• Check in with all vendors/talent. Make sure everyone knows what they’re doing and everything is on schedule. Check in with the event rental company, the caterer, the photographer/videographer, the musicians/DJ, and anyone else who will help to make the big day a success.
  • Finalize the RSVP list and seating chart. The last RSVPs should have poured in by now. Once you know who is and who isn’t coming, you can work out who goes where.
  • Get a marriage license. Check your state rules on marriage licenses. In most states, you have to get your license at least 72 hours in advance, but no more than 30 or 60 days before the wedding day.

One Week

  • Have your gown fitted one last Bring a maid of honor along and give the dress one last look. Figure out all the straps, buttons, zippers, etc. Ask about ironing, bustling, and other care tips.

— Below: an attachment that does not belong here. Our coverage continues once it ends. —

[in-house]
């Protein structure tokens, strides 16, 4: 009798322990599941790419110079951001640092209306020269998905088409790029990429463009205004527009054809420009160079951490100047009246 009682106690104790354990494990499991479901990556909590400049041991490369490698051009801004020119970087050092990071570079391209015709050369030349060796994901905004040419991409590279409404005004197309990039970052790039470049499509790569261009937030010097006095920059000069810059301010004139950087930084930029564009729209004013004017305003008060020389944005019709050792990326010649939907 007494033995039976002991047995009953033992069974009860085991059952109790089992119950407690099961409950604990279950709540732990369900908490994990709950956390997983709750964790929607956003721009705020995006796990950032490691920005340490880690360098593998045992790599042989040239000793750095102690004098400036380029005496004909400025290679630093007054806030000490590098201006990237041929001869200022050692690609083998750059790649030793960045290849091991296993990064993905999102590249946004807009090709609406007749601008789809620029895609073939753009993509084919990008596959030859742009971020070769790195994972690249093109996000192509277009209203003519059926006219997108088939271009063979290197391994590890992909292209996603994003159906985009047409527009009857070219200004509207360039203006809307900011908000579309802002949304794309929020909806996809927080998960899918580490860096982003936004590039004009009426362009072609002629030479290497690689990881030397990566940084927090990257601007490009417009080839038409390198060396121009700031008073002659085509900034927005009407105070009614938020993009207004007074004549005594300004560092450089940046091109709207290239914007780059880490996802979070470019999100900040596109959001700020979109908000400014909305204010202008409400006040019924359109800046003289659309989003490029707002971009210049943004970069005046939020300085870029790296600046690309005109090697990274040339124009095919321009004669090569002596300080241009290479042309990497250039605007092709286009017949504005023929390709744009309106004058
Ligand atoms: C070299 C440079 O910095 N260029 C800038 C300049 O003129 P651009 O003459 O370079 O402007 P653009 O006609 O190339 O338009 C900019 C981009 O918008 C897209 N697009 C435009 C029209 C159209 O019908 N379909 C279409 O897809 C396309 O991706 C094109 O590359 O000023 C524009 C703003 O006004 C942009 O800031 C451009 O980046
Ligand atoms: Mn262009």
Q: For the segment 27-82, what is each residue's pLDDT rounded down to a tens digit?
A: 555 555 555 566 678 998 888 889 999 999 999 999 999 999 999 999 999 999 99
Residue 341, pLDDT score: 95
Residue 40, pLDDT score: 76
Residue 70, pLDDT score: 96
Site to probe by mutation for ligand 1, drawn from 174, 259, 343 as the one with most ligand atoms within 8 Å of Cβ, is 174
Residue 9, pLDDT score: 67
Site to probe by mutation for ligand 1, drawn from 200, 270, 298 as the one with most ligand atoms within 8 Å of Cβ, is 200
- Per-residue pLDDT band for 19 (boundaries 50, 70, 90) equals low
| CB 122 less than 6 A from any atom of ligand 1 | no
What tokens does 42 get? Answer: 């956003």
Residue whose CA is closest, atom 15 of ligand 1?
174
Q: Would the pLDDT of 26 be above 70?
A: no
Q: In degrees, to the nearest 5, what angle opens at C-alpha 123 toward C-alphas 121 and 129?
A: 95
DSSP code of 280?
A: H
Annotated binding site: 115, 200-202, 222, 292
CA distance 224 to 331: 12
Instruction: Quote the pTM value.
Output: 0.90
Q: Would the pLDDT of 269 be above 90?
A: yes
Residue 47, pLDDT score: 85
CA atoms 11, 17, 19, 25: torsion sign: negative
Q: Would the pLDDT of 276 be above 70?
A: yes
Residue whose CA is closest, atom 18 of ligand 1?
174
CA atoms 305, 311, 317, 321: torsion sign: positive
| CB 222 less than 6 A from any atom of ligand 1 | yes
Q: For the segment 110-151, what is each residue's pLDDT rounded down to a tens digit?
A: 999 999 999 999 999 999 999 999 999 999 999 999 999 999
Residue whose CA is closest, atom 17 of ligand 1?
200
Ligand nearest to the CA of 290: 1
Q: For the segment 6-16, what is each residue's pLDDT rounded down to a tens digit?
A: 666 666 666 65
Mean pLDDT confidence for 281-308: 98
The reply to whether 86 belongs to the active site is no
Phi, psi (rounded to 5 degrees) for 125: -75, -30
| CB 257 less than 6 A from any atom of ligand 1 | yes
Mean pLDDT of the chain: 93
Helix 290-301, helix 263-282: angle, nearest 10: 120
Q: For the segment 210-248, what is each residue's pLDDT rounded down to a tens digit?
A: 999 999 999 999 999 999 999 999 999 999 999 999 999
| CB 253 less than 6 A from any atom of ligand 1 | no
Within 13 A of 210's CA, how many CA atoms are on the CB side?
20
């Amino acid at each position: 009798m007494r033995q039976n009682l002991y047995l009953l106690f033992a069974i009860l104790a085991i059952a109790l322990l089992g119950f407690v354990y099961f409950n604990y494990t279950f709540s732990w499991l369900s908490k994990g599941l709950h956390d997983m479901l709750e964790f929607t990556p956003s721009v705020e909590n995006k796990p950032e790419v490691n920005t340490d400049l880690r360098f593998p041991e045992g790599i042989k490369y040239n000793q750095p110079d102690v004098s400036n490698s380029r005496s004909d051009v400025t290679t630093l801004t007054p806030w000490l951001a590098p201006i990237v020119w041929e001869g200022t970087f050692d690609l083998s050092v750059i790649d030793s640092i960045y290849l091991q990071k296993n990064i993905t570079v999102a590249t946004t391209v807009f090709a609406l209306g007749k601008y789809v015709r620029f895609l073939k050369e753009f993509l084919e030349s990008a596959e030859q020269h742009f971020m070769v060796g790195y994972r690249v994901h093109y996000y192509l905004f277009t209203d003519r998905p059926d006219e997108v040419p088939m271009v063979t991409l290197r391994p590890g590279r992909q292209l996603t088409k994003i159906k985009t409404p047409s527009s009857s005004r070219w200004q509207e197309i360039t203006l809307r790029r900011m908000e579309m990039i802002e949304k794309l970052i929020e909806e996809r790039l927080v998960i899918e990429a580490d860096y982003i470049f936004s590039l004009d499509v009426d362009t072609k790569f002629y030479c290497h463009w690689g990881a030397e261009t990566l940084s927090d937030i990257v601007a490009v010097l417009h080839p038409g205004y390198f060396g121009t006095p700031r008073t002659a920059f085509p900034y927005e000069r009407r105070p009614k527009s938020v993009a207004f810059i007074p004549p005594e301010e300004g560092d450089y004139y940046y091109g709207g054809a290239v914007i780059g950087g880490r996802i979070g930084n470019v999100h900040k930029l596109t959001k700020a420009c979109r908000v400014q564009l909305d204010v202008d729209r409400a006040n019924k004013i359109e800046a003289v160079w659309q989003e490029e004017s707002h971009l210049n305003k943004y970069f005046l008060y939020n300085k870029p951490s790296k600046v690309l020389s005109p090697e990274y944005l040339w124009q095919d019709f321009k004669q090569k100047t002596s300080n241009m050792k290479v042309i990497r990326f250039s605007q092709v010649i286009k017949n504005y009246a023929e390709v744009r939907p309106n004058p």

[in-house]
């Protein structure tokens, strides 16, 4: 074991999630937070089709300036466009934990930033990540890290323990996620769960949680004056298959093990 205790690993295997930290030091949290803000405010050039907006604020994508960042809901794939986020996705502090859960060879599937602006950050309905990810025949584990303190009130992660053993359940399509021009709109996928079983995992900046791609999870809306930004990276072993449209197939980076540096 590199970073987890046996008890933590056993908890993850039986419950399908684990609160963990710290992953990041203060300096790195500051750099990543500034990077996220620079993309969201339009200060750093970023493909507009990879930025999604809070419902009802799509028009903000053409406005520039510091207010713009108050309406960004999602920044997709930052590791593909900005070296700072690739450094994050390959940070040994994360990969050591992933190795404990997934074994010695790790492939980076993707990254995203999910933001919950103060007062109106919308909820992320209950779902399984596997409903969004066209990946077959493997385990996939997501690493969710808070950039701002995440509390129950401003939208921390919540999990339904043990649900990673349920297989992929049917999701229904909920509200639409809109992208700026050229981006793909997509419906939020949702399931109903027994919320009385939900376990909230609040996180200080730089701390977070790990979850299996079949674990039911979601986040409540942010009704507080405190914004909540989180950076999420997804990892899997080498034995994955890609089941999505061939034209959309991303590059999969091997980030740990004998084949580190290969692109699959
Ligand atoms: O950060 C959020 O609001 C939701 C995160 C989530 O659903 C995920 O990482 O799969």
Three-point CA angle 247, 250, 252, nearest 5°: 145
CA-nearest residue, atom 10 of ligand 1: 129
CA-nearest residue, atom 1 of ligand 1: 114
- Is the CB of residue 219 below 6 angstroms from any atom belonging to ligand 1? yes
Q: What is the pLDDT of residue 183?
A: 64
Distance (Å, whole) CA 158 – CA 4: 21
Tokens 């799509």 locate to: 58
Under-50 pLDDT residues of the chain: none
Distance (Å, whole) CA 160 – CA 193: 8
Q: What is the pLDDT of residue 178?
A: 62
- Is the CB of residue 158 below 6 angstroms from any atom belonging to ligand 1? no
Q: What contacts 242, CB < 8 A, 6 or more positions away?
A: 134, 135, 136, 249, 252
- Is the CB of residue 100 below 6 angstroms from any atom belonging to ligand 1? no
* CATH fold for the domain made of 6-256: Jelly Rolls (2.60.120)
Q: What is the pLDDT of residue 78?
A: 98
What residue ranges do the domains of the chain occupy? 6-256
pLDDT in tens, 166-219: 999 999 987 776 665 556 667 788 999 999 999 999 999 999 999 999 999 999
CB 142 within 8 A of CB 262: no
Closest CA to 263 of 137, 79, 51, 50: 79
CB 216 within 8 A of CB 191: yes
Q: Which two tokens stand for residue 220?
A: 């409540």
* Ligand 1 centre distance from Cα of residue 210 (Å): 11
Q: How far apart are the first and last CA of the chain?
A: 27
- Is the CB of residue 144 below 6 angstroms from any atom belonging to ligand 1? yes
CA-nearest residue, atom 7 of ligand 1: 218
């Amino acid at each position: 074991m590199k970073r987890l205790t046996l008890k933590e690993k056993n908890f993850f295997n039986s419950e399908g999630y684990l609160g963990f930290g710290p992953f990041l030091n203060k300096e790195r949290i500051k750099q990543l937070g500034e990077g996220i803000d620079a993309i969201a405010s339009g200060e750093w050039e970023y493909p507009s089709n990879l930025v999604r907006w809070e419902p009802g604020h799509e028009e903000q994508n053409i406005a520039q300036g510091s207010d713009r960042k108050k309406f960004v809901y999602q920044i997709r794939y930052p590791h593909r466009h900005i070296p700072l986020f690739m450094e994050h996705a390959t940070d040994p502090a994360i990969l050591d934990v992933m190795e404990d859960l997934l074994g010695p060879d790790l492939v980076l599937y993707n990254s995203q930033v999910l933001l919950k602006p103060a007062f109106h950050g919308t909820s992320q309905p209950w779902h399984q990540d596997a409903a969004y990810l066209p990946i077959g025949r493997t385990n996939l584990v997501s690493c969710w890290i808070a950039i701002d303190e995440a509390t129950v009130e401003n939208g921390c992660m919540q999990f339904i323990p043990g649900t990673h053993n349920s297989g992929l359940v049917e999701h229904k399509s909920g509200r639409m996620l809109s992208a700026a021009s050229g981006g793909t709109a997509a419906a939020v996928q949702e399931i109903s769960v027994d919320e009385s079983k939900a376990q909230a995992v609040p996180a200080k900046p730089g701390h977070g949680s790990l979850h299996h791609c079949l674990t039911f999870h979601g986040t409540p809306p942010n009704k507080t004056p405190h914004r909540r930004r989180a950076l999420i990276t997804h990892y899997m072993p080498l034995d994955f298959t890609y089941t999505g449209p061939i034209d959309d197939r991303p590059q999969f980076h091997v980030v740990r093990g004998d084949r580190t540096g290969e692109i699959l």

• Give the final guest count to the caterer. By now, everyone should have RSVPed. Tell the caterer how many guests are coming so they can prepare food for the right number of people.
  • Finalize all lodging/transportation arrangements. Double check the hotels, limos, taxis, and flights, and make any final adjustments to your travel plans.
  • Rehearse the ceremony and the dinner. Time to practice walking down the aisle, making those speeches, and toasting to the future.
  • Put together an emergency kit for you and the bridesmaids. Include plenty of hairpins and safety pins. Bring along some aspirin, feminine hygiene products, floss, hand sanitizer, deodorant, mints, and any other personal hygiene, medical, and beauty items you, or your wedding party, may possibly need in a pinch.